The richest man in the world, Elon Musk, recently purchased a 9% stake in Twitter, the social media platform that permanently banned former President Donald Trump and that conservatives accuse of suppressing their content.
Musk’s purchase made him Twitter’s largest shareholder, and he vowed to take it over, possibly to turn it into a private company. Its CEO vowed to fight the effort, and one of its largest shareholders, a Saudi Arabian prince who owns 95% of Saudi’s Kingdom Holding Company, issued a statement rejecting Musk’s offer as inadequate.
Conservative pundit Derek Hunter said: “Media outlets are applauding Saudi Arabia’s government, a stakeholder in Twitter, for objecting to Elon Musk’s offer. After years of attacking Saudi Arabia for the murder of Jamal Khashoggi … and a history of homophobia (try being gay there), they’re now heroes to the left.”
Much of the left-wing media salutes the effort to stave off Musk. Consider this Orwellian exchange between MSNBC host Rev. Al “no justice, no peace” Sharpton and Democratic strategist Danielle Moodie:
Sharpton: “Are you concerned that what Musk is trying to do is to open up the platform for more misinformation about topics such as COVID-19 and the 2020 election? And perhaps even allow former President Trump to get his account back?”
Moodie: “I’m going to be honest, Elon Musk is a danger to Twitter and to freedom of speech.”
And, Democrats being Democrats, out came the race card. Former Bill Clinton secretary of labor and professor at University of California Berkeley Robert Reich tweeted: “So let me get this straight: Elon Musk claims to want to save humanity by creating a space colony, but doesn’t want workers to join a union and has reportedly created a racist workplace?”
Before Parag Agrawal became the CEO of Twitter, the then-company senior executive said that Twitter’s “role is not to be bound by the First Amendment” and that he wanted its content to be “reflective of things that we believe lead to a healthier public conversation.” He added that Twitter would “focus less on thinking about free speech” because “speech is easy on the internet. Most people can speak. Where our role is particularly emphasized is who can be heard.”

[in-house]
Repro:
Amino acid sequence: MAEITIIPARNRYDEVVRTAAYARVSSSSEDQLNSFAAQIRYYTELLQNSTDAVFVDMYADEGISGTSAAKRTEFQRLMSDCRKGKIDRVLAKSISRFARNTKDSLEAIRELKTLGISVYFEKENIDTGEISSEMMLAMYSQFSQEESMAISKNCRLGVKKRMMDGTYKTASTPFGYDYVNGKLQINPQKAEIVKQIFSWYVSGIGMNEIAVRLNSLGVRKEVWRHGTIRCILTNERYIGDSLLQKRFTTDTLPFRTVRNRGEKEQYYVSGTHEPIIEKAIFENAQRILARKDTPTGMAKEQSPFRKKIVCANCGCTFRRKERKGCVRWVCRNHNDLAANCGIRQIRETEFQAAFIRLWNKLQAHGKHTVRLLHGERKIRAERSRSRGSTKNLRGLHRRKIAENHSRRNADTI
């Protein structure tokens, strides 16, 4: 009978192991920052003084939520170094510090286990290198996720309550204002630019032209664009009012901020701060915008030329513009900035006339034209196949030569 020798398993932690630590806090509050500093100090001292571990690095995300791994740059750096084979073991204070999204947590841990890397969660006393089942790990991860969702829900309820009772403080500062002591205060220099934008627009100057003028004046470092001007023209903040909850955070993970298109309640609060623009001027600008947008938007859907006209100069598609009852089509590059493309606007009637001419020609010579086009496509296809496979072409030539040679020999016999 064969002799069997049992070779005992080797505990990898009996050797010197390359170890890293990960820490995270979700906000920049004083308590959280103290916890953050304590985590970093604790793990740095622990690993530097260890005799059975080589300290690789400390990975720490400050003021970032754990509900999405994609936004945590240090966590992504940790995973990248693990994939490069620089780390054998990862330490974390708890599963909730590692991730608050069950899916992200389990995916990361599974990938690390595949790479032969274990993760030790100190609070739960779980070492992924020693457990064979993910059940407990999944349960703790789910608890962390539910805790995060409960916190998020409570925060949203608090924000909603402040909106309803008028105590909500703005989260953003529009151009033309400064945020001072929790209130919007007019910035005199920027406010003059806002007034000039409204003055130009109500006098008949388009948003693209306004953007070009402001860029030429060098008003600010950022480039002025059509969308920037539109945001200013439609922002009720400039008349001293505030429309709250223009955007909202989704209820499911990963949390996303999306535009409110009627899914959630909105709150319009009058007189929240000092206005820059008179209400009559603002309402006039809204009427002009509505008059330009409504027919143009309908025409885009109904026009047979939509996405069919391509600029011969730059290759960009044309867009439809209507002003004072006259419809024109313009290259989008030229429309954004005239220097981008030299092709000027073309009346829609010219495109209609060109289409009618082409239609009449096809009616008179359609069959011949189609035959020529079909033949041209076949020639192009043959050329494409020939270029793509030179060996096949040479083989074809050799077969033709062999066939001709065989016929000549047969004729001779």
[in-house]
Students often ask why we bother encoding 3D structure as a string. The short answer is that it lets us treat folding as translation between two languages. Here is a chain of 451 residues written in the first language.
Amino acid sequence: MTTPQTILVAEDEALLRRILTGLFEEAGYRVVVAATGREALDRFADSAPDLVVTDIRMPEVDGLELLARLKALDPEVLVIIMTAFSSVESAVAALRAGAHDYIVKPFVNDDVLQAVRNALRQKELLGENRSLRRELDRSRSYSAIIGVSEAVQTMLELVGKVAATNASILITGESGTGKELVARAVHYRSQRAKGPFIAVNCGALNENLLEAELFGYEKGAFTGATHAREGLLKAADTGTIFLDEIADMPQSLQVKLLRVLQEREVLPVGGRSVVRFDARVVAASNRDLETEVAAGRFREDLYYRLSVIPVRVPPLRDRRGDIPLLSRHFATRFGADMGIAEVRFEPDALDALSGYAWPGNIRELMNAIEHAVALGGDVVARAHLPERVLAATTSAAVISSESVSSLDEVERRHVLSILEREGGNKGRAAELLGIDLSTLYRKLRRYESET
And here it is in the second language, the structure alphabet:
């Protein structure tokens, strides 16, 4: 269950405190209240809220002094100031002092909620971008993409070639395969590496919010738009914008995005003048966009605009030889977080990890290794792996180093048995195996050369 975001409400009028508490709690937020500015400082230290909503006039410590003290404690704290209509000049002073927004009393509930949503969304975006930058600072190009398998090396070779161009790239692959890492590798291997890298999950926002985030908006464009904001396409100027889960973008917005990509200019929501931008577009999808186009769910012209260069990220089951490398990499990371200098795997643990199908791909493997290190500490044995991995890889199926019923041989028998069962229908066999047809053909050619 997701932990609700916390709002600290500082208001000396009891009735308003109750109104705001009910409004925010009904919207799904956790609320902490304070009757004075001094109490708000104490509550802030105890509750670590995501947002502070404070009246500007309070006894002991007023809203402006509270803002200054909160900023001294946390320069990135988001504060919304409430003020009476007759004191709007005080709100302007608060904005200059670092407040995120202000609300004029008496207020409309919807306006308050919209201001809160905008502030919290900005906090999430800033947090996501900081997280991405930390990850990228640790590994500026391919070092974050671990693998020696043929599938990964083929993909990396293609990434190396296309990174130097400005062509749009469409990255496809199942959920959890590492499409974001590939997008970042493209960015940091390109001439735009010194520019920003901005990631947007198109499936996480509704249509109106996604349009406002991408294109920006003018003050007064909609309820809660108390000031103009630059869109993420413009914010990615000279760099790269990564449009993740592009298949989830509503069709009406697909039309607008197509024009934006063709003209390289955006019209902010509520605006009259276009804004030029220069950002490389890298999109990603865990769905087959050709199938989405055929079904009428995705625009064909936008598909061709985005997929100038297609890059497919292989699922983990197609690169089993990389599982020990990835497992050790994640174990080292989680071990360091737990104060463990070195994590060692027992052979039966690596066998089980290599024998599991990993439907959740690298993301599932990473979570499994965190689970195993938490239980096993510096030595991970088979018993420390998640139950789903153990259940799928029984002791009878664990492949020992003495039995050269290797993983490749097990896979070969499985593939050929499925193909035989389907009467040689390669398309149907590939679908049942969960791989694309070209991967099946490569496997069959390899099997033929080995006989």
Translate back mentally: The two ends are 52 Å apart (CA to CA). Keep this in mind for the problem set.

In other words, it’s not only what one says, but who is saying it.
So, the anti-white, antisemitic Louis Farrakhan of the Nation of Islam, who in 2018 said “(Jews are) the mother and father of apartheid,” has a Twitter account.
MSNBC’s Joy Reid, in her blog, wrote “(anti-gay attitudes are due to) concerns that adult gay men tend to be attracted to very young, post-pubescent types, bringing them ‘into the lifestyle’ in a way that many people consider to be immoral.” She also questioned who attacked America on 9/11: “The fundamental question is: do you believe the official story of 9/11? … If you don’t, then everything … is called into serious question. Even if you’re agnostic, or you tend to believe that al-Qaida attacked the World Trade Center and Pentagon … it’s worth taking a second look.” Reid has a Twitter account.
The president of Russia, Vladimir Putin, was recently called a “war criminal” by President Joe Biden. Sayyid Ali Khamenei, Iran’s supreme leader, claimed that the coronavirus vaccines were “untrustworthy” and accused the Western countries of attempting to “contaminate” other countries with a vaccine. Both have Twitter accounts.
About the Twitter board of directors, even former president and founder Jack Dorsey heaped criticism by tweeting the board has “consistently been the dysfunction of the company.”
As a publicly traded company, Twitter has a fiduciary obligation to maximize shareholder investment. Yet, by suppressing conservatives Twitter gives the finger to much of the country, a policy inconsistent with the company’s own financial interest. Michael Jordan, asked to endorse a Democrat candidate running for office in his home state of North Carolina, refused, saying, “Republicans buy sneakers, too.”
So, good luck, Mr. Musk. Perhaps next you’ll buy The New York Times—and turn it into a newspaper.
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